Symptoms Of A Bad Ford Crankshaft Position Sensor

You're probably ready to get this test started and over with, but, before you do...

You need to keep one very important thing in mind: When the CKP sensor fails (goes bad), the most obvious symptoms is a Cranks but Does Not Start condition due to no spark and no fuel injection.

With a bad crankshaft position sensor on your Ford 4.6L or 5.4L vehicle you'll also see one of the following symptoms:

  1. If the vehicle is coil pack equipped: The ignition control module will not produce its PIP signal and thus, the PCM will not activate the fuel injectors.
    1. You can verify this by using a noid light to check for the fuel injector pulses.
    2. If the fuel injector pulses are present, the crankshaft position sensor is OK.
  2. If the vehicle is COP coil equipped: The PCM will not activate the fuel injectors.
    1. You can verify this by using a noid light to check for the fuel injector pulses.
    2. If the fuel injector pulses are present, the crankshaft position sensor is OK.
  3. No spark to any of the 8 engine cylinders.
    1. You can verify this by using a spark tester and checking each spark plug wire or COP coil.
    2. If spark is present (even if it's just at one cylinder), the crankshaft position sensor is OK.

OK, enough reading, let's get testing!

TEST 1: Verifying The Crankshaft Position Signal

Verifying The Crankshaft Position Signal. How To Test The Crankshaft Position Sensor (Ford 4.6L, 5.4L)

The crankshaft position sensor on the 4.6L and 5.4L Ford engines is a two wire sensor that can be easily tested with your multimeter in AC Volts.

Remember, the battery must be fully charged for this test to produce an accurate result. Why? Well, because the strength of crankshaft position sensor's signal, that you'll be measuring with your multimeter, depends on the amount of RPMs your engine is turning as it's cranking.

The following test steps assume that you 4.6L or 5.4L pick up (car, van, or SUV) Cranks But Does Not Start (if you haven't already read the section: Symptoms Of Bad Ford Crankshaft Position Sensor, please do so now). OK, this is what you need to do:

  1. 1

    Disconnect the crankshaft position sensor's electrical connector and remove some of the plastic wire loom protector and/or the black electrical tape that shields/protects the two wires of the crankshaft position (CKP) sensor.

  2. 2

    Reconnect the connector to the crankshaft position sensor now and place your multimeter in Volts AC mode.

  3. 3

    Using a wire-piercing probe or another appropriate tool, probe the number 1 and number 2 wires of the crankshaft position sensor with the multimeter test leads.

    To see what a what wire piercing probe tool looks like, click here: Wire Piercing Probe.

    It doesn't matter which multimeter test lead (RED or BLACK) goes where, since the polarity of the leads doesn't matter.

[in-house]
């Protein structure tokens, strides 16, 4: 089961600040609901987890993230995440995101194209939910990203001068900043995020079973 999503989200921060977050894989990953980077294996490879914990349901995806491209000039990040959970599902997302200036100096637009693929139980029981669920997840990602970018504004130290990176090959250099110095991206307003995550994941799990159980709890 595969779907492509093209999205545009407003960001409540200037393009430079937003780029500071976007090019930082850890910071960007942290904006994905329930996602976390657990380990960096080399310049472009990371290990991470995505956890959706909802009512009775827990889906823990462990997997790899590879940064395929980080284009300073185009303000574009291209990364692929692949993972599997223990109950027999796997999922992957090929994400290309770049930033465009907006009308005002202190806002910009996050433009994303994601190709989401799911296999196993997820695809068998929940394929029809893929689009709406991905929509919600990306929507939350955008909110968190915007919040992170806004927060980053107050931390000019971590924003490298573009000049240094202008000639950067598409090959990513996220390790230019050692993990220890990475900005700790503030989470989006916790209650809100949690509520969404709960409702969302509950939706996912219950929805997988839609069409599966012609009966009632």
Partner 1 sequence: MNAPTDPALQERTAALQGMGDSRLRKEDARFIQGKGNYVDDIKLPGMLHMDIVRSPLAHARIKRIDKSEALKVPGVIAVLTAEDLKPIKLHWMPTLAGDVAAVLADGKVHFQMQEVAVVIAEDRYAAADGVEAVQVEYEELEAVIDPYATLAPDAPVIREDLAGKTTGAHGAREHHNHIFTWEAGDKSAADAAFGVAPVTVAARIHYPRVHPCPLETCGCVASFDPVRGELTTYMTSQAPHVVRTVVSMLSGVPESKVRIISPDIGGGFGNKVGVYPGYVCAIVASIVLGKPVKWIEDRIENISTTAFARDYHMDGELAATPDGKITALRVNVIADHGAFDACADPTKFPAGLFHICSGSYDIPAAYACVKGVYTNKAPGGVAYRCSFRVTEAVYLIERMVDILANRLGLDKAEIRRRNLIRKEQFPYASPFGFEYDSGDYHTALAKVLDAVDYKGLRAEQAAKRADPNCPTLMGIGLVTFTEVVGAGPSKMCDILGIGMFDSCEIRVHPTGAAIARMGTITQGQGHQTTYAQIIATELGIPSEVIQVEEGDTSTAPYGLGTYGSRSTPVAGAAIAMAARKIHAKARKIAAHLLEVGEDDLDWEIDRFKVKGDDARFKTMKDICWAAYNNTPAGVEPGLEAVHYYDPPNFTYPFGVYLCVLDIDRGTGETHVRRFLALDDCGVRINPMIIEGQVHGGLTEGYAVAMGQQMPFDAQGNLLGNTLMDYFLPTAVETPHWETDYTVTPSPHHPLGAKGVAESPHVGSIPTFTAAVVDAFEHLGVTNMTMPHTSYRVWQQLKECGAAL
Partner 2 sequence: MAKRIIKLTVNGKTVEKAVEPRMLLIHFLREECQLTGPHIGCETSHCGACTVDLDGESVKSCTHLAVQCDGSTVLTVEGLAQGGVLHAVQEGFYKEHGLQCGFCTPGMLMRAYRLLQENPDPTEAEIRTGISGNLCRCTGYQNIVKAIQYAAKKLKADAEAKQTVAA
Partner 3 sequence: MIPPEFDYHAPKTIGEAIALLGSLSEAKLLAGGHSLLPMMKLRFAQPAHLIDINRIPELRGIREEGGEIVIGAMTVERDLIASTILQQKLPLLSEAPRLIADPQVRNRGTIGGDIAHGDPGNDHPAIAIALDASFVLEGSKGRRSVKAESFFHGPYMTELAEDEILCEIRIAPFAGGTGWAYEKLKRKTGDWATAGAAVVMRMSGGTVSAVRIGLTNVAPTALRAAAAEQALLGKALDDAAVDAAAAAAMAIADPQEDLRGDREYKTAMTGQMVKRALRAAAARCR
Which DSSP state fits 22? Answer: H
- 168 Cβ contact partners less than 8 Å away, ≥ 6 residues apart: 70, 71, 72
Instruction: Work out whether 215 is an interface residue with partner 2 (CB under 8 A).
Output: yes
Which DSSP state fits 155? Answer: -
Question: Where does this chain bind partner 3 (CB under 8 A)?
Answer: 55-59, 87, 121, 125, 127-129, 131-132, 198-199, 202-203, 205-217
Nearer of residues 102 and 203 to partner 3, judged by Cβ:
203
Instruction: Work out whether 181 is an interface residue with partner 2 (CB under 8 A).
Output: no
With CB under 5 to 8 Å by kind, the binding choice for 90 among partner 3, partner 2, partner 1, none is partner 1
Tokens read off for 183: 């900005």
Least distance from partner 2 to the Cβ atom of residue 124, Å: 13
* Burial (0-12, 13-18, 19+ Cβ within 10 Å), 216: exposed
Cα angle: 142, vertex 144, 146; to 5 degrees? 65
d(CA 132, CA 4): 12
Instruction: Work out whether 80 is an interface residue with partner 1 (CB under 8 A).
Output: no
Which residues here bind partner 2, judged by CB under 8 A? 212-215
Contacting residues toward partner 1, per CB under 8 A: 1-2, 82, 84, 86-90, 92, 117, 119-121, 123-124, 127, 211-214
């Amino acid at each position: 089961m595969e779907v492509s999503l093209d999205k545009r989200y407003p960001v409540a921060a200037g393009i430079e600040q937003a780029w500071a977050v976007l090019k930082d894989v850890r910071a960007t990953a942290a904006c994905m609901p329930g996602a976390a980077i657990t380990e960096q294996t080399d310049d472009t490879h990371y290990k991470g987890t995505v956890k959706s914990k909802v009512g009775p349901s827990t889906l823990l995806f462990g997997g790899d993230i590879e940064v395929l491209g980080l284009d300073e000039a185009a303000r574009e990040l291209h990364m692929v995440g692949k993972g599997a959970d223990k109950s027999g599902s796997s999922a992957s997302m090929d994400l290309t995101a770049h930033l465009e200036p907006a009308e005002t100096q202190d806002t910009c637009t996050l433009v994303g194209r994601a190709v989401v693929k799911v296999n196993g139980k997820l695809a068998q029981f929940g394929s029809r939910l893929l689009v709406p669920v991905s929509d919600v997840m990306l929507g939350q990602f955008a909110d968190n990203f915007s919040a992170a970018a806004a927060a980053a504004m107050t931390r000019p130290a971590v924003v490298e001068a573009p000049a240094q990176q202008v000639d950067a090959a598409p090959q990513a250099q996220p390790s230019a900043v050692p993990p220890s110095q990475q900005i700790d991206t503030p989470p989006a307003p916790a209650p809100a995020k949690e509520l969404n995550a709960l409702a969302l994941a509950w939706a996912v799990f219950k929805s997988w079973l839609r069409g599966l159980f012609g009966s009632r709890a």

4. 4

    When everything has been set up and you're a safe distance from the engine, have your helper crank the engine as you observe the multimeter's AC Volts readings.

  5. 5

    If the crankshaft position (CKP) sensor is working correctly, the multimeter will register an an oscillating voltage between 0.5 to 1 Volt AC.

    Now, to be a bit more specific: your multimeter will not register a steady AC voltage. Instead, the reading will jump between 0.5 Volts AC to 1 Volt AC continually as the engine is cranking and only when the engine is cranking.

Alright, let's find out if you have a bad crankshaft position sensor on your hands or not. Choose from the CASES below that best match your specific results:

CASE 1: The multimeter registered the indicated AC voltage with the engine cranking. This result indicates that the crankshaft position (CKP) sensor is creating a good CKP signal and is working fine.

If you have confirmed that the crankshaft position sensor is OK but your Ford still doesn't start, take a look at the following tutorial for more testing suggestions:

  1. How To Test A No Start Condition (Ford 4.6L, 5.4L).

CASE 2: The multimeter DID NOT register the indicated AC voltage with the engine cranking: This confirms that the crankshaft position sensor is fried and is the cause of your 'cranks but does not start' condition.

If you'd like to buy the factory original Motorcraft crankshaft position sensor (and save), check out the section: Where To Buy The Crankshaft Position Sensor And Save.

More Ford 4.6L, 5.4L Tutorials

To see all of the Ford 4.6L, 5.4L diagnostic tutorials, check out this index: Ford 4.6L, 5.4L Index Of Articles.

Here's a sample of the troubleshooting tutorials you'll find in the index:

  1. How Can I Tell What's Wrong With My Transmission? (Ford 4.6L, 5.4L).
  2. How To Diagnose Misfire Codes P0300-P0308 (Ford 4.6L, 5.4L).
  3. How To Test Ford 4.6L, 5.4L Coil-On-Plug Ignition Coils (at: easyautodiagnostics.com).
  4. How To Test The Ford MAF (4.2L, 4.6L, 5.4L) (at: easyautodiagnostics.com).
  5. How to test the 4.6L, 5.4L Throttle Position Sensor (TPS) (at: easyautodiagnostics.com).
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